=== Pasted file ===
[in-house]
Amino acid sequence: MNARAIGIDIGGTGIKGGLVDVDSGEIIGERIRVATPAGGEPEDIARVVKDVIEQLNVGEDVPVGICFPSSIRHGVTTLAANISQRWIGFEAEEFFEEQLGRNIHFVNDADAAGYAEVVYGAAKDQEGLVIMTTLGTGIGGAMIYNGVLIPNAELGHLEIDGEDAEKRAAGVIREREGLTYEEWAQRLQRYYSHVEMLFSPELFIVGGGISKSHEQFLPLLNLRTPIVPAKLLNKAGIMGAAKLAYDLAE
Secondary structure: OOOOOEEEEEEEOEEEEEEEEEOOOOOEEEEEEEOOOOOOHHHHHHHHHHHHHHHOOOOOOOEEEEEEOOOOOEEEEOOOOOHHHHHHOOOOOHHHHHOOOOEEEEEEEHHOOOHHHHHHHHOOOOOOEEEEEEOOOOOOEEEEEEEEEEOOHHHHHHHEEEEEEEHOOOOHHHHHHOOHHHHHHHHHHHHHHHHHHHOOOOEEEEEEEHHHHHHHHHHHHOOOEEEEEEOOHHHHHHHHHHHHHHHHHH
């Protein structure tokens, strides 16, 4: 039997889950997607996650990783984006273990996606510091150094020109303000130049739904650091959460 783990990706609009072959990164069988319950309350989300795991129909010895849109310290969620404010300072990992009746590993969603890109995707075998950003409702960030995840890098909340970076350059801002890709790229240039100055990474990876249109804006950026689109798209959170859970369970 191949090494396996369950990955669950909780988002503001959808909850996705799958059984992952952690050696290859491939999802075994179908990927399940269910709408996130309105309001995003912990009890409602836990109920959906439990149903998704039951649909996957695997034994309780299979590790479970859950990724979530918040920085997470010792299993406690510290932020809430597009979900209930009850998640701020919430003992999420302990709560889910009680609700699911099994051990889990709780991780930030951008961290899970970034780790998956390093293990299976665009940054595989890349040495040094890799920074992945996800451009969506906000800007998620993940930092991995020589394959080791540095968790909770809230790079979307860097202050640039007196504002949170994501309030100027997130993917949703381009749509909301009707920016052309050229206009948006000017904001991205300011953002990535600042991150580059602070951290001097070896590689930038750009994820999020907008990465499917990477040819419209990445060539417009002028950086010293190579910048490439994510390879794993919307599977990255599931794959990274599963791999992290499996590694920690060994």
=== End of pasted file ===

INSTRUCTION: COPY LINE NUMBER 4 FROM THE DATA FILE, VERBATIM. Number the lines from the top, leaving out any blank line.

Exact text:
């Protein structure tokens, strides 16, 4: 039997889950997607996650990783984006273990996606510091150094020109303000130049739904650091959460 783990990706609009072959990164069988319950309350989300795991129909010895849109310290969620404010300072990992009746590993969603890109995707075998950003409702960030995840890098909340970076350059801002890709790229240039100055990474990876249109804006950026689109798209959170859970369970 191949090494396996369950990955669950909780988002503001959808909850996705799958059984992952952690050696290859491939999802075994179908990927399940269910709408996130309105309001995003912990009890409602836990109920959906439990149903998704039951649909996957695997034994309780299979590790479970859950990724979530918040920085997470010792299993406690510290932020809430597009979900209930009850998640701020919430003992999420302990709560889910009680609700699911099994051990889990709780991780930030951008961290899970970034780790998956390093293990299976665009940054595989890349040495040094890799920074992945996800451009969506906000800007998620993940930092991995020589394959080791540095968790909770809230790079979307860097202050640039007196504002949170994501309030100027997130993917949703381009749509909301009707920016052309050229206009948006000017904001991205300011953002990535600042991150580059602070951290001097070896590689930038750009994820999020907008990465499917990477040819419209990445060539417009002028950086010293190579910048490439994510390879794993919307599977990255599931794959990274599963791999992290499996590694920690060994």